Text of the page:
Create a Linux Swap File
Swap is space on a disk which is used once the total amount of available physical RAM is used. Once a Linux system begins running out of RAM, inactive pages are moved from RAM to the swap space.
Swap can be a dedicated swap partition or a swap file. In a lot of cases, a swap partition is not present on virtual machines, but we can still create a swap file.
Creating a Swap File
Step 1: Create the file which will be used for swap storage.
In this example, we are going to create a 1 GB swap file:
sudo fallocate -l 1G /swapfile
Step 2: Set the correct permissions:
sudo chmod 600 /swapfile
Step 3: Set up the swap file:
sudo mkswap /swapfile
Step 4: Enable the swap file:
sudo swapon /swapfile
To make the change permanent, open the /etc/fstab file and append the following line:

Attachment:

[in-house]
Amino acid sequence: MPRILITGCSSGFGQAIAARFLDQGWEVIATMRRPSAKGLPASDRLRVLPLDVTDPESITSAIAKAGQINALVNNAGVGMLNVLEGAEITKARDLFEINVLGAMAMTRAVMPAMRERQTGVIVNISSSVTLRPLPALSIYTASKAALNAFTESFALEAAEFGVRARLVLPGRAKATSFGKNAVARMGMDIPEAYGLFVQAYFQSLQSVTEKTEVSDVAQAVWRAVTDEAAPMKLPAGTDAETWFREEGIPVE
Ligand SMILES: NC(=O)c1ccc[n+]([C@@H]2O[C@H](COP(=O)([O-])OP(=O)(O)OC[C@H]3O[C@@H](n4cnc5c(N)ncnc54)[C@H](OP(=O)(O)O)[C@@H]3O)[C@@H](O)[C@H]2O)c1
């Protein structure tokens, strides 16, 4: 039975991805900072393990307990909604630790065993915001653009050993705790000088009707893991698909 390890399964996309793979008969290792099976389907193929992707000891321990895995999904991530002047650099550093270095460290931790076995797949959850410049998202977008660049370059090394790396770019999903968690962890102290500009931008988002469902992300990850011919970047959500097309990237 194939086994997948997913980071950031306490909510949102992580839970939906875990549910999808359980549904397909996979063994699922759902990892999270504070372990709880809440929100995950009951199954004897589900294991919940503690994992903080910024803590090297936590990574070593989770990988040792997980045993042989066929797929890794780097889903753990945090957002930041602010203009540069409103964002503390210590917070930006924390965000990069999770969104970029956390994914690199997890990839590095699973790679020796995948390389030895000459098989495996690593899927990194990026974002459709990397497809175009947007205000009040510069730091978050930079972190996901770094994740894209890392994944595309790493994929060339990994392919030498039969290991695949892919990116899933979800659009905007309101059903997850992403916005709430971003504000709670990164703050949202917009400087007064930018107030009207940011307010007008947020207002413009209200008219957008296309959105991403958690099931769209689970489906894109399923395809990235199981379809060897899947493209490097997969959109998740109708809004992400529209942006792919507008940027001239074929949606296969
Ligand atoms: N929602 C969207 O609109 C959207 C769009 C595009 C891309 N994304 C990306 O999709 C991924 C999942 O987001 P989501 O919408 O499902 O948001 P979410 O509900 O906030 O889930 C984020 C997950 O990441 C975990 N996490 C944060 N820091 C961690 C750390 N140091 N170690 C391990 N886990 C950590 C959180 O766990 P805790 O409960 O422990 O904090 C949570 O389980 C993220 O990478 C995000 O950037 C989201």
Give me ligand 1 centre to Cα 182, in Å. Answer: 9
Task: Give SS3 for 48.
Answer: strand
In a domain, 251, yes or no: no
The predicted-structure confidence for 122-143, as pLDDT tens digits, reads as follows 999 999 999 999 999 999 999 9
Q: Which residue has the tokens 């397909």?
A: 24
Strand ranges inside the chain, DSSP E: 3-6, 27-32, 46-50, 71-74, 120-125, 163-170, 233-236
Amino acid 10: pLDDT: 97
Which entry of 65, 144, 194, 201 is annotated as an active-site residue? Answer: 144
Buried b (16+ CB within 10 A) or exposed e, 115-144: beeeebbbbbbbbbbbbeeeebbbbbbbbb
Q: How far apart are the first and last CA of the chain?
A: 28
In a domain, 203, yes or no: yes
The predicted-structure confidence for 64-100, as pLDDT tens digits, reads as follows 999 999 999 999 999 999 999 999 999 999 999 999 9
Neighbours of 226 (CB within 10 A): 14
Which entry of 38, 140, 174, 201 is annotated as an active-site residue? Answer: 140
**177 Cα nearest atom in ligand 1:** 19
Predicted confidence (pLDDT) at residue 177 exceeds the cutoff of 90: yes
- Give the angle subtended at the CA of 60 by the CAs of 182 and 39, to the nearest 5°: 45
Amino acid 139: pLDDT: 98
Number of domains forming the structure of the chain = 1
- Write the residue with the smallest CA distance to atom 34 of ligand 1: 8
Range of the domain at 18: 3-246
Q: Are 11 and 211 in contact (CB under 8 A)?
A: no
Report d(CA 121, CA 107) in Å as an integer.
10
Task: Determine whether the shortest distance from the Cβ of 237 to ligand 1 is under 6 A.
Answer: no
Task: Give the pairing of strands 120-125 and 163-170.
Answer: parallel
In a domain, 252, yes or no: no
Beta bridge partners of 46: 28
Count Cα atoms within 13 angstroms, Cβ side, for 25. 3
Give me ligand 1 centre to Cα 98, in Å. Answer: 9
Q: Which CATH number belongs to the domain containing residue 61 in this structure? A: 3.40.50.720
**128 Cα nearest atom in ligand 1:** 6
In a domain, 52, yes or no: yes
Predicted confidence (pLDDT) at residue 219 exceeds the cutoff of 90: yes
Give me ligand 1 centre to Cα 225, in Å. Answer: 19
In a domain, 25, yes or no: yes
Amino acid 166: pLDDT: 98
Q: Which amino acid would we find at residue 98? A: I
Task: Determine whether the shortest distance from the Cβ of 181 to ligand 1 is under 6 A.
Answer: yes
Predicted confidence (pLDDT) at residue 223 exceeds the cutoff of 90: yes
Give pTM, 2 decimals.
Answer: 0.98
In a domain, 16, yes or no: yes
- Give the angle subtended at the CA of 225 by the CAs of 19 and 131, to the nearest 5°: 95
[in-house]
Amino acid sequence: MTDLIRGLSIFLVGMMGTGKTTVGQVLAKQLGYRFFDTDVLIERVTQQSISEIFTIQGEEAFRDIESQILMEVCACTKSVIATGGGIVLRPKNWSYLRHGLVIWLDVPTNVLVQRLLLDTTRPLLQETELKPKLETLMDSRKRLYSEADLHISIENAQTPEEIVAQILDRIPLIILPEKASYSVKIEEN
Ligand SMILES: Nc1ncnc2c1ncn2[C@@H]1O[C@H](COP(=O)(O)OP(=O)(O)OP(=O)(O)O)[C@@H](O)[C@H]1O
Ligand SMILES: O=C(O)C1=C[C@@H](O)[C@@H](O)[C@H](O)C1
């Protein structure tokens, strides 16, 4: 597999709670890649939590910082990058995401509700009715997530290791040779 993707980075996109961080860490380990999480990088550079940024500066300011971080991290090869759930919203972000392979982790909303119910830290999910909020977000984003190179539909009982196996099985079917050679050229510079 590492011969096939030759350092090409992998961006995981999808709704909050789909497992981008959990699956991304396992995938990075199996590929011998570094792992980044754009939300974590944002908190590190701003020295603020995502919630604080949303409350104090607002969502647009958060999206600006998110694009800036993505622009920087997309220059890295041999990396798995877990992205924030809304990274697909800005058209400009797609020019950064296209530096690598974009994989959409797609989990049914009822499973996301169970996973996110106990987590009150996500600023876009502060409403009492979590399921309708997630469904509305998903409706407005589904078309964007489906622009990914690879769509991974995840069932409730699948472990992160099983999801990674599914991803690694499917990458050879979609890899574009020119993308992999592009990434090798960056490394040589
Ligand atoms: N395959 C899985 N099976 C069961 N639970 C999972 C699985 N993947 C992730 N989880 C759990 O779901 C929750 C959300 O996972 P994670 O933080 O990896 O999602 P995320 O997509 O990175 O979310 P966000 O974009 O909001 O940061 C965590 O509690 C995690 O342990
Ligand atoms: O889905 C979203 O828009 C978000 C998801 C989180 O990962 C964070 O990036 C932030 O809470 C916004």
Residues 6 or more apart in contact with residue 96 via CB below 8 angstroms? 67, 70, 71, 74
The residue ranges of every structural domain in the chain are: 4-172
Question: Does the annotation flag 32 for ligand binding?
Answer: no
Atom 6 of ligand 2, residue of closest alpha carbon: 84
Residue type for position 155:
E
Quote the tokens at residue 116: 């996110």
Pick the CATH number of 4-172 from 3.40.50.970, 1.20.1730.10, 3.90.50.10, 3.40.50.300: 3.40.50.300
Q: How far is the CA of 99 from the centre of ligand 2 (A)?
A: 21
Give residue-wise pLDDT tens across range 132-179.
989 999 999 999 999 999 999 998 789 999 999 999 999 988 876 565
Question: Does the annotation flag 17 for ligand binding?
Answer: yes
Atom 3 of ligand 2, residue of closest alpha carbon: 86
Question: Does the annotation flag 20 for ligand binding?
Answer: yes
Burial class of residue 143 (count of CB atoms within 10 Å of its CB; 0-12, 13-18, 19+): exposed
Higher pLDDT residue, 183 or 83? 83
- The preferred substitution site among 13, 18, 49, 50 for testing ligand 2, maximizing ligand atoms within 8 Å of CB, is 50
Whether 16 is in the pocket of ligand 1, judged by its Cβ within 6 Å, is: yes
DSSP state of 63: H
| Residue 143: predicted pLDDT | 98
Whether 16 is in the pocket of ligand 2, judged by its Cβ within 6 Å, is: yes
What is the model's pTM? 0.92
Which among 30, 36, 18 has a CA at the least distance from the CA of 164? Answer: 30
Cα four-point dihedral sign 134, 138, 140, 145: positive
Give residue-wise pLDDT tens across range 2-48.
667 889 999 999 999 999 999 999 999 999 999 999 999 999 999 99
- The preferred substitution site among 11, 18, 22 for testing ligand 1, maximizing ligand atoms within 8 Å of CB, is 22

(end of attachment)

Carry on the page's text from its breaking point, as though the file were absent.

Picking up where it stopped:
/etc/fstab /swapfile swap swap defaults 0 0
Step 5: Verify the swap status:
To verify that the swap is available, we can use either the swapon or the free command as shown below:
sudo swapon --show
NAME TYPE SIZE USED PRIO /swapfile file 1024M 507.4M -1 Copy sudo free -h Copy total used free shared buff/cache available Mem: 488M 158M 83M 2.3M 246M 217M Swap: 1.0G 506M 517M
Removing a Swap File
If for any reason you want to remove the swap file, first you need to disable the swap file using the following command:
sudo swapoff -v /swapfile
Then remove the swap file entry /swapfile swap swap defaults 0 0 from the /etc/fstab file.
Finally, delete the actual swapfile file:
sudo rm /swapfile